Dr Lisa Bushby discusses the new wonder material graphene, its range of uses and considers some of its associated hazards and risks.
What is it?
Graphene is a two-dimensional (one-atom thickness) form of carbon. Initial work on graphene was carried out by two Russian-born scientists at the University of Manchester: Andrei Geim and Konstantin Novosolev, who were awarded the Nobel Prize for Physics for their research.
The material exists as standalone atomic monolayers of carbon arranged in the familiar hexagonal pattern of graphite that resembles chicken wire fencing. The structure is shown in figure 1.
Figure 1: Chemical structure of graphene
In a bid to encourage innovation, the researchers at the University of Manchester did not patent their work on graphene, allowing teams around the world to explore and find uses for the material.
Owing to its special properties, the number of potential uses of graphene is huge, eg it:
absorbs only 2.7% of light, ie is almost entirely transparent
is about 200 times stronger than steel
is the most effective known conductor in the world.
Current uses of graphene are as a replacement material, eg as a replacement for indium tin oxide in display technology (owing to its conductivity, transparency and flexibility properties). Graphene has also been used as a transistor material in place of silicon and semiconductor transistors, and shows great potential to break the frequency limits of established transistor materials in the near future.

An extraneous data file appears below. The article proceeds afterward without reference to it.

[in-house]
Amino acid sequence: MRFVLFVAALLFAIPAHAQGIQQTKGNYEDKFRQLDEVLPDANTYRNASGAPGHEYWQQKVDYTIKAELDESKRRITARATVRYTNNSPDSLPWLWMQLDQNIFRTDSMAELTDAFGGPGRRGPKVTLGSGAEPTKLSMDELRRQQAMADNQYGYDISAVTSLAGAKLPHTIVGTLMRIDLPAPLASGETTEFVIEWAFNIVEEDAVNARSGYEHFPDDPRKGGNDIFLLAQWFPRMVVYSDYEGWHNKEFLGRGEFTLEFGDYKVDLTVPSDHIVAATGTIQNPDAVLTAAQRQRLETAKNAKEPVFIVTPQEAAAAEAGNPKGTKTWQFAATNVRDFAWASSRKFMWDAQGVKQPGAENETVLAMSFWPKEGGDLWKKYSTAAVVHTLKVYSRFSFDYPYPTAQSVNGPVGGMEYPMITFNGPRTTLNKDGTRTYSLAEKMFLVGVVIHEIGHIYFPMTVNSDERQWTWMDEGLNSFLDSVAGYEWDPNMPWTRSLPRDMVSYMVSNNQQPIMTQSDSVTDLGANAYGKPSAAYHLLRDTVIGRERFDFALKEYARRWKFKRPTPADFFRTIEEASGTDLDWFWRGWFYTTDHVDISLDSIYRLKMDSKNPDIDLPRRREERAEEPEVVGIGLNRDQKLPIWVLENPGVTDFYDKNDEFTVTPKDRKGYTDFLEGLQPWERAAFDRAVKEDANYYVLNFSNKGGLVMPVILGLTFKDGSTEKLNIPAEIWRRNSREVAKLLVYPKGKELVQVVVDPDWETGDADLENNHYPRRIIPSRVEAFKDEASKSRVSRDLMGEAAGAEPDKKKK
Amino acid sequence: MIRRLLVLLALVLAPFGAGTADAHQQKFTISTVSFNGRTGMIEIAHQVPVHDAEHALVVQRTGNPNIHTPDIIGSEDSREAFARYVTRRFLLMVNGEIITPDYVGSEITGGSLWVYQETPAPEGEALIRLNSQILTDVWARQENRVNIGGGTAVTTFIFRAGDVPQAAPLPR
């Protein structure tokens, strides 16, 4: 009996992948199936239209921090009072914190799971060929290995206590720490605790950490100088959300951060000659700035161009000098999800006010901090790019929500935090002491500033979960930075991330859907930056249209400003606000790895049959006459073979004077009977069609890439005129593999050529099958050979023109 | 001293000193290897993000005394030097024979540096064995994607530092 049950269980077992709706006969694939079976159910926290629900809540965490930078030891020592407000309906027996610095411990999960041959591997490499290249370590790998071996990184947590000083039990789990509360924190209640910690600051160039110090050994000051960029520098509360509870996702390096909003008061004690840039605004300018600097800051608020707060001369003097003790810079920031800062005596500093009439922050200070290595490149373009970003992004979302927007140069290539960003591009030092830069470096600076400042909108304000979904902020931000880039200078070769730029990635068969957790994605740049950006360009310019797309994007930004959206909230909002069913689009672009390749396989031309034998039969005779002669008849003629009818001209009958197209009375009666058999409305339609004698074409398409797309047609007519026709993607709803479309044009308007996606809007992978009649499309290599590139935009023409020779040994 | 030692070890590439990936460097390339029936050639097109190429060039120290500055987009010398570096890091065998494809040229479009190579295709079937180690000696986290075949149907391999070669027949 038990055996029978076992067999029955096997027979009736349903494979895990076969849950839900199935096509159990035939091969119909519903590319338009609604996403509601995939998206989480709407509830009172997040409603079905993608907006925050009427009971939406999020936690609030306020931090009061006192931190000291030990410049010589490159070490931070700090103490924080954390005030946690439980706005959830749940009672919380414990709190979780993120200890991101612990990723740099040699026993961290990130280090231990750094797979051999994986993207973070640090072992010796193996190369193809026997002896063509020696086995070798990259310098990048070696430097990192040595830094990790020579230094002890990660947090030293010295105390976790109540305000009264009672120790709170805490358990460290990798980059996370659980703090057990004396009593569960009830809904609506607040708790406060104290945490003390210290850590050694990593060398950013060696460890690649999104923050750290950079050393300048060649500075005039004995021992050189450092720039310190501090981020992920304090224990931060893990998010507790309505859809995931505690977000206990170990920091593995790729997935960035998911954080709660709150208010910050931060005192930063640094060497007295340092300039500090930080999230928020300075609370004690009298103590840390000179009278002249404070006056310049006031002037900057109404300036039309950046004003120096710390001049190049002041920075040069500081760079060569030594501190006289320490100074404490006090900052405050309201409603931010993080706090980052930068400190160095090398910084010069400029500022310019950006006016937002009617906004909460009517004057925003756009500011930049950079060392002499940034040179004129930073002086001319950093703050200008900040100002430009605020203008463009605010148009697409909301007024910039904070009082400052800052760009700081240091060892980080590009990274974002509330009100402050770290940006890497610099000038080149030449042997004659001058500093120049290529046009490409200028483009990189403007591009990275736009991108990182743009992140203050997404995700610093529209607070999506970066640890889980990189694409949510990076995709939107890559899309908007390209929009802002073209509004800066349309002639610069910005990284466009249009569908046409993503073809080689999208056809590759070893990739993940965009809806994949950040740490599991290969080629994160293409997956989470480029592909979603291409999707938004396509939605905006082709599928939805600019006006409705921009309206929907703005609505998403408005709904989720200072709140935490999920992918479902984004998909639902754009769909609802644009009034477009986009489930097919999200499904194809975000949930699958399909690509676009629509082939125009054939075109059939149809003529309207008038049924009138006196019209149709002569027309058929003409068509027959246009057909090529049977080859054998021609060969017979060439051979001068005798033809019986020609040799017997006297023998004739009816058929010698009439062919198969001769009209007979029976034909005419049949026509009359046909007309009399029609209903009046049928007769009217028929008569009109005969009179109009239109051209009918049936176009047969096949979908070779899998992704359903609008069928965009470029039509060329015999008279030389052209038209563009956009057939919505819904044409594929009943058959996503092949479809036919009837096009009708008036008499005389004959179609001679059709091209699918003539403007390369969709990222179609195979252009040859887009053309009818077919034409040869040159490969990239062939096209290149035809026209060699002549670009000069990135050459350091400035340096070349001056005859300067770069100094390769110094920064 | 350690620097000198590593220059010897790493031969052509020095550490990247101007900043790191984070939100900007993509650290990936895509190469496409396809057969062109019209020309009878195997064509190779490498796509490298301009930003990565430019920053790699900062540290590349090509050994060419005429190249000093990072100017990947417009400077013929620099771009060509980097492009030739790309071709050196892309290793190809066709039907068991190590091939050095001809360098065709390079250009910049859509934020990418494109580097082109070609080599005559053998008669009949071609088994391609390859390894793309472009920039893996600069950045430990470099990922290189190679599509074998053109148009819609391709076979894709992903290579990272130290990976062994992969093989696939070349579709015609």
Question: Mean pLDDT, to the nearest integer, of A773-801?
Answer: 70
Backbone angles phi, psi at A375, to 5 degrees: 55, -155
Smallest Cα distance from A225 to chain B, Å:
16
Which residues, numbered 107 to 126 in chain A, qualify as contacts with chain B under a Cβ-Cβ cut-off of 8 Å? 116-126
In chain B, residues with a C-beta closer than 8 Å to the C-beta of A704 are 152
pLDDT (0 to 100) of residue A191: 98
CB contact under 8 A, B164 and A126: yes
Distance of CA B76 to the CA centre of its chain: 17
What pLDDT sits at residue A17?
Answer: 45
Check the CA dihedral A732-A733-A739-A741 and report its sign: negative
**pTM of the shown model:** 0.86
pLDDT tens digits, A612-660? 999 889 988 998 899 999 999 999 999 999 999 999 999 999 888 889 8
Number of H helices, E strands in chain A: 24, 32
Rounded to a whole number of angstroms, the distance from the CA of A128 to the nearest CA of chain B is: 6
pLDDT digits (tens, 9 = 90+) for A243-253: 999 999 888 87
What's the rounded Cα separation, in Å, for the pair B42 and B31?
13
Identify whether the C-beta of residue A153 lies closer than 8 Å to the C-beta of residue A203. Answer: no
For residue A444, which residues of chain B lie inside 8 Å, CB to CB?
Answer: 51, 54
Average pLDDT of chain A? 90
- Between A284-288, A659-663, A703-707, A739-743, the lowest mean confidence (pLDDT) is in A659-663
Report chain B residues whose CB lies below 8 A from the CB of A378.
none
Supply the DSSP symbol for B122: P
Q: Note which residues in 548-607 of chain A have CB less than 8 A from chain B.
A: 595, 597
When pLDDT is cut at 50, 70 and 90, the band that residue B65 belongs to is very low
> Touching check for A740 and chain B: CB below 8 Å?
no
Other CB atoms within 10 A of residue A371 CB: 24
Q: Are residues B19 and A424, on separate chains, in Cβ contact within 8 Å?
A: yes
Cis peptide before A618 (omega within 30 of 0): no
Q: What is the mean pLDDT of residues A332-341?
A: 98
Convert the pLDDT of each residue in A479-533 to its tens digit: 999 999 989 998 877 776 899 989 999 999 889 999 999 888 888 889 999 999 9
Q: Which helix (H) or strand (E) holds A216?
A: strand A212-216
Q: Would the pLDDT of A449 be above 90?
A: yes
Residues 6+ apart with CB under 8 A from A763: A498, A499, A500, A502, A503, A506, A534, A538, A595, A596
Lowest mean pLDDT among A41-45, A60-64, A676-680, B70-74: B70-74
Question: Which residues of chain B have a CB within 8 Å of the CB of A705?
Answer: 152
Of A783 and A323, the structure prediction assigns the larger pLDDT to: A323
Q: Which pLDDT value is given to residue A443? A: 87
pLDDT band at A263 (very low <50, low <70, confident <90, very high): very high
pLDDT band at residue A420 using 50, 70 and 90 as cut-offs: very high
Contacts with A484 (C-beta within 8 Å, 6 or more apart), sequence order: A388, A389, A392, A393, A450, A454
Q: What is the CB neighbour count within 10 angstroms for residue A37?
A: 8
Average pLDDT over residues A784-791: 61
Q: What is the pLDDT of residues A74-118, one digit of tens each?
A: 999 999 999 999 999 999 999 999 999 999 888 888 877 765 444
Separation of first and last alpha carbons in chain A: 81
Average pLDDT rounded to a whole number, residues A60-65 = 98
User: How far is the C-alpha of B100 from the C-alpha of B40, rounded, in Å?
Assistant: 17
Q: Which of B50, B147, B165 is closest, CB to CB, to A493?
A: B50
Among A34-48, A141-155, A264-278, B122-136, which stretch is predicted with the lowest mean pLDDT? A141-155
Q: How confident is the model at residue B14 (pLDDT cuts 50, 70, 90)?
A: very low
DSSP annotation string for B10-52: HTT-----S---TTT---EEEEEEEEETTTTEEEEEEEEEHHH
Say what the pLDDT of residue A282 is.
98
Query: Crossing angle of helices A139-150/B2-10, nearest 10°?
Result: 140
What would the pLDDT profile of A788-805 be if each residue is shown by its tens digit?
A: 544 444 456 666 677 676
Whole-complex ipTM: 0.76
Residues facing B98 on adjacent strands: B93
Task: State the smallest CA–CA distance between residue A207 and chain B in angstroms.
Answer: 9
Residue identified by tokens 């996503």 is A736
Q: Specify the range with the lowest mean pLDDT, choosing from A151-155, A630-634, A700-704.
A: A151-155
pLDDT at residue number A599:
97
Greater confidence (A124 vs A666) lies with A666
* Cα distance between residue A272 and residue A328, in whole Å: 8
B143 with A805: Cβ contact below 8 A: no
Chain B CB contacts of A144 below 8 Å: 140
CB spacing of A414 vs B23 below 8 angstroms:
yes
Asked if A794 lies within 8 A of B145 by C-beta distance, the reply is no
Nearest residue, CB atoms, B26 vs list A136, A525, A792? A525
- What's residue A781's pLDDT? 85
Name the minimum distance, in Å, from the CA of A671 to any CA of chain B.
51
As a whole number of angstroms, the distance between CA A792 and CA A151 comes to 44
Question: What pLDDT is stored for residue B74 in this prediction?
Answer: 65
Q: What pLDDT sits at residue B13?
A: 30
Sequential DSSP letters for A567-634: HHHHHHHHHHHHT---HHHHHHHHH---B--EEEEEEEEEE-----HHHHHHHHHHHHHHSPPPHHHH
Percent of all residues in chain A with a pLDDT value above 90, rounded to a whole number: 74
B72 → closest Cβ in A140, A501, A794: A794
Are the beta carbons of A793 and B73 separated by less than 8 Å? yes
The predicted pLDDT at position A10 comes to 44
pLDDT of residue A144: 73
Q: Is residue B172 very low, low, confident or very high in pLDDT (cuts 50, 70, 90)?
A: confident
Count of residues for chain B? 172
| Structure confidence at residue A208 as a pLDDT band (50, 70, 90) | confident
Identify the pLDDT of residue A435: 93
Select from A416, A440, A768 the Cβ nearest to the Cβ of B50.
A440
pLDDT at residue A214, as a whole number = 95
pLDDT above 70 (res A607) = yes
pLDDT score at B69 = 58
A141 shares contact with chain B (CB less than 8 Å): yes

Many future potential applications have been suggested. For example:
research has suggested that graphene filters could outperform other techniques of desalination by a significant margin
as graphene has an extremely high surface area to mass ratio, graphene may be used in ultracapacitors
functionalising graphene could enable single-molecule gas detection, or microbial detection and diagnosis devices.
Associated hazards and risks
A large sheet of graphene is considered to be a stable compound and relatively inert. It is therefore, generally not hazardous in normal handling, but good laboratory practices should always be applied.
However, on 18 October 2011, the European Commission adopted the Recommendation on the definition of a nanomaterial. According to this Recommendation, a “nanomaterial” means: “A natural, incidental or manufactured material containing particles in an unbound state or as an aggregate or as an agglomerate and where, for 50% or more of the particles in the number size distribution, one or more external dimensions is in the size range 1nm–100nm.
“In specific cases and where warranted by concerns for the environment, health, safety or competitiveness the number size distribution threshold of 50% may be replaced by a threshold between 1 and 50%.
“By derogation from the above, fullerenes, graphene flakes and single wall carbon nanotubes with one or more external dimensions below 1nm should be considered as nanomaterials.”
And recently, researchers have raised concerns about the health effects of these so-called graphene flakes.
There is precedent: asbestos particles (thin, light, tough) are considerably hazardous when breathed in, and can cause asbestosis and mesothelioma; silicon dust can cause silicosis, and coal dust pneumoconiosis.
Respiratory toxicologists at the University of Edinburgh suggested that tiny flakes of carbon might be transported deep into the lungs in a similar way to asbestos fibres and coal dust. Once lodged, there is no mechanism for their removal or breakdown as the compound is inert.